Researchers in Italy announced last week they discovered a second Leonardo da Vinci mural masterpiece.
According to Dave Mosher in a Monday, March 12, article for National Geographic News, “By poking high-tech instruments through the wall of one priceless 16th-century mural in Italy, researchers . . . think they’ve located the first ‘encouraging’ evidence . . . a lost Leonardo da Vinci . . . hidden beneath. Using a tiny camera, the researchers snapped pictures of a telltale hollow space behind Giorgio Vasari's “Battle of Marciano” — and a brick wall — in the Hall of the 500 in the Palazzo Vecchio, Florence’s city hall. They also uncovered black pigment and lacquer used in painting — clues that the lost Leonardo may have long ago been saved from destruction.”
A mystery spanning four hundred years, the da Vinci masterpiece is called “The Battle of Anghiari.” Mosher reports the mural may be as large as 20 feet long and 10 feet tall, and was commissioned by an Italian statesman, Piero Soderini, in 1502. In the mural, Italian knights were to be shown defeating Milanese forces in 1440 on Tuscany's plain of Anghiari.
“Leonardo, it’s said, used the opportunity to experiment with a new oil-painting technique, but it ended in failure,” explained Mosher.
Sadly, hundreds of years doesn’t change much when it comes to losing art and information. I learned this as dusk ebbed across my writing room last week, while at the same time the blue screen of death emerged on the screen of my computer.
“Fatal system error,” the blazing white words flashed in a bizarre, electronic guffaw of light, signaling the impending death of my machine — and with it, my life.
I pressed all the function keys.
I scanned and re-scanned drives for errors, viruses and corruption.
I drove to the local Nerd Herd and watched them dismantle my drives, place them in other computers and diagnostic machines, insert and spit out various diagnostic CDs and DVDs. They had so much fun with the overwhelming level of my computer’s dysfunction they worked two full days until finally they announced, like surgeons emerging from a lifeless operating room, my computer was dead.
Not only was it dead, all information was irretrievable.
Even Jack Bauer couldn’t save me.
I sighed and cried, then — lamenting our society’s pathetic and utter dependence upon technology — spent my retirement on the latest and greatest, shiniest computer available, complete with external hard drive and virtual data saving device.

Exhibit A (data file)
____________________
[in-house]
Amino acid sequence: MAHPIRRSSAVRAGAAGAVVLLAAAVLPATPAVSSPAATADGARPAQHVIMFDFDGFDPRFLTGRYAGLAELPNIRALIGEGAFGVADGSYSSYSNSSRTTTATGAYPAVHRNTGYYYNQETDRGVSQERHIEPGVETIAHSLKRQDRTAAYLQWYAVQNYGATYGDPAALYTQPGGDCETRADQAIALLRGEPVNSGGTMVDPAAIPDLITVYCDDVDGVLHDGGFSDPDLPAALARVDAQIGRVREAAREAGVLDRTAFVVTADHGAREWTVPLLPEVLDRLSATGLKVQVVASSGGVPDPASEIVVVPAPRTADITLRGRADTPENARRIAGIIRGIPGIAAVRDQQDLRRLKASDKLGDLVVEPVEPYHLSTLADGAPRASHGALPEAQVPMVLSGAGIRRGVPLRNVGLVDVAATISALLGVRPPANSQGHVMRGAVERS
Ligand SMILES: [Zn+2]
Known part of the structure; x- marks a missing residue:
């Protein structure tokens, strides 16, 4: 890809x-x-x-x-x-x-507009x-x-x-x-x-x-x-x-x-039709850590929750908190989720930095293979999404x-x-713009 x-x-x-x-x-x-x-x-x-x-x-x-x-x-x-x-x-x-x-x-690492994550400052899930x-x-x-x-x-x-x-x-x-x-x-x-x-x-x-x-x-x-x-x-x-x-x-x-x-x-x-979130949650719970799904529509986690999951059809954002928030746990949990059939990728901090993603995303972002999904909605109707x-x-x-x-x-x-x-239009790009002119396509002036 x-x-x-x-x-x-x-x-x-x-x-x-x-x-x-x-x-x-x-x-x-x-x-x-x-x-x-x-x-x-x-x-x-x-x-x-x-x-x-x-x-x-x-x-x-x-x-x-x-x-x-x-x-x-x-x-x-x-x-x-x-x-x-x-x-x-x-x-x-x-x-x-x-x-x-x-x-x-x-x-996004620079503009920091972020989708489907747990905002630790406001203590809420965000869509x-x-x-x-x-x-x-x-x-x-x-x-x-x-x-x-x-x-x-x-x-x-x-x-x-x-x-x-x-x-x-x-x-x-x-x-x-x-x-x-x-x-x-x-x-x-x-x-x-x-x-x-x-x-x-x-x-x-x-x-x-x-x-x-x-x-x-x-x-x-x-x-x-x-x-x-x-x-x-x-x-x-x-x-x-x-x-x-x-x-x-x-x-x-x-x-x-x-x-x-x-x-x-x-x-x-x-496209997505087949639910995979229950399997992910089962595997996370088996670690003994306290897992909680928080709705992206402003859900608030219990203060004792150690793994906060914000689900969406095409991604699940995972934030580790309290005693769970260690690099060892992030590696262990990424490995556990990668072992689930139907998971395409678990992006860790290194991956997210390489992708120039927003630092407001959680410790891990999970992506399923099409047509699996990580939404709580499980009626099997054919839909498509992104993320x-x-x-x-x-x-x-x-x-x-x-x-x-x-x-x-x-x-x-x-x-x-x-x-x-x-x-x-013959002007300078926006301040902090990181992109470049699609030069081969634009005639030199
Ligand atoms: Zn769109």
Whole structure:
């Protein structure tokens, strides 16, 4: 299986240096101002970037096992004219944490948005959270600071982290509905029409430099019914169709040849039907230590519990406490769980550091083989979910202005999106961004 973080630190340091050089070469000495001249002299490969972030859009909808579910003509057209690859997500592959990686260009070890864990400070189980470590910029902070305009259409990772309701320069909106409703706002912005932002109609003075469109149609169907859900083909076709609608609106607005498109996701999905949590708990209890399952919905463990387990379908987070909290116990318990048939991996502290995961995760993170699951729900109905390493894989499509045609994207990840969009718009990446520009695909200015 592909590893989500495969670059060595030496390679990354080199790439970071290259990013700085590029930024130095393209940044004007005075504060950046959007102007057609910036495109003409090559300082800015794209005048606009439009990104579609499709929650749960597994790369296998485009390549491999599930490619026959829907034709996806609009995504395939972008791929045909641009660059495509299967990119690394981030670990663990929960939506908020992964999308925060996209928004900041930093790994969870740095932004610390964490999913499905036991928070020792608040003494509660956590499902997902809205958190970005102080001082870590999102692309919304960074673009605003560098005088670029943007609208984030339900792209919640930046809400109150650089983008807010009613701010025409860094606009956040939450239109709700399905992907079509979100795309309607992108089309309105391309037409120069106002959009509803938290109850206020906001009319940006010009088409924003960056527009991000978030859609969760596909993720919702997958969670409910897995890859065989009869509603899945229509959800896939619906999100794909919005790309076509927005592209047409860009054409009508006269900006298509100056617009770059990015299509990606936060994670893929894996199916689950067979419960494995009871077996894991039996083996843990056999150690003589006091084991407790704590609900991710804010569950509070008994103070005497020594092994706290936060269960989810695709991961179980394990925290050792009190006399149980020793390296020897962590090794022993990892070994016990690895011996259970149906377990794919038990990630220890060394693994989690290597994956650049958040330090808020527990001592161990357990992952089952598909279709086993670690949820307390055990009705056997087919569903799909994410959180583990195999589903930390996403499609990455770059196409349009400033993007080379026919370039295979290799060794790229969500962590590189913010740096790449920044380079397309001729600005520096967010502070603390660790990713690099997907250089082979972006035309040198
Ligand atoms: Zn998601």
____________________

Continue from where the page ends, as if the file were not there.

Despite several concerned offers from the Nerd Herd to come to my house and, for a small fee, set it up for me, I returned home to the connect everything, including the Internet, by myself.
Four hours later, I sat befuddled on a tiny folding chair, squashed between our water heater and HVAC system in our 4x4 pantry, staring at an open electrical panel and a mishmash of naked and quite frightening wires. Still, I pressed my way through countless automated customer service systems, talking to friendly representatives everywhere from India to Padme on the planet Tatooine.
Finally, one of my husband’s IT friends suggested I unplug everything and walk away.
So I did.
A couple hours later I returned, plugged everything in as specified by manuals, foreign and domestic representatives, replaced the cover on the electrical panel, and the whole system worked. Not only that, it blossomed, functioning in all its technological glory on every Wi-Fi capable device throughout the house. And slowly, I emerged from the fetal position I had assumed while realizing the amount of information and photographs I lost.
Now, my computer has not one, but three, back-up systems in place.
I discovered writing novels in longhand before transferring them to the computer is not vain after all.
And I learned the brain holds more memory than a hard drive can ever lose.
Which brings me back to da Vinci.
He tried something new.
It didn’t work out.
He painted over it.
Some of it was lost.
Still, centuries later, most of his art remains in plain view.
Appreciating and creating lasting beauty is tough in our heads-down, tech-driven society.
Hopefully, generations after us won’t have to poke holes through walls to find what we leave behind.
Amy Sorrells is a Zionsville resident and writer. Amy welcomes thoughts and ideas via email at firstname.lastname@example.org.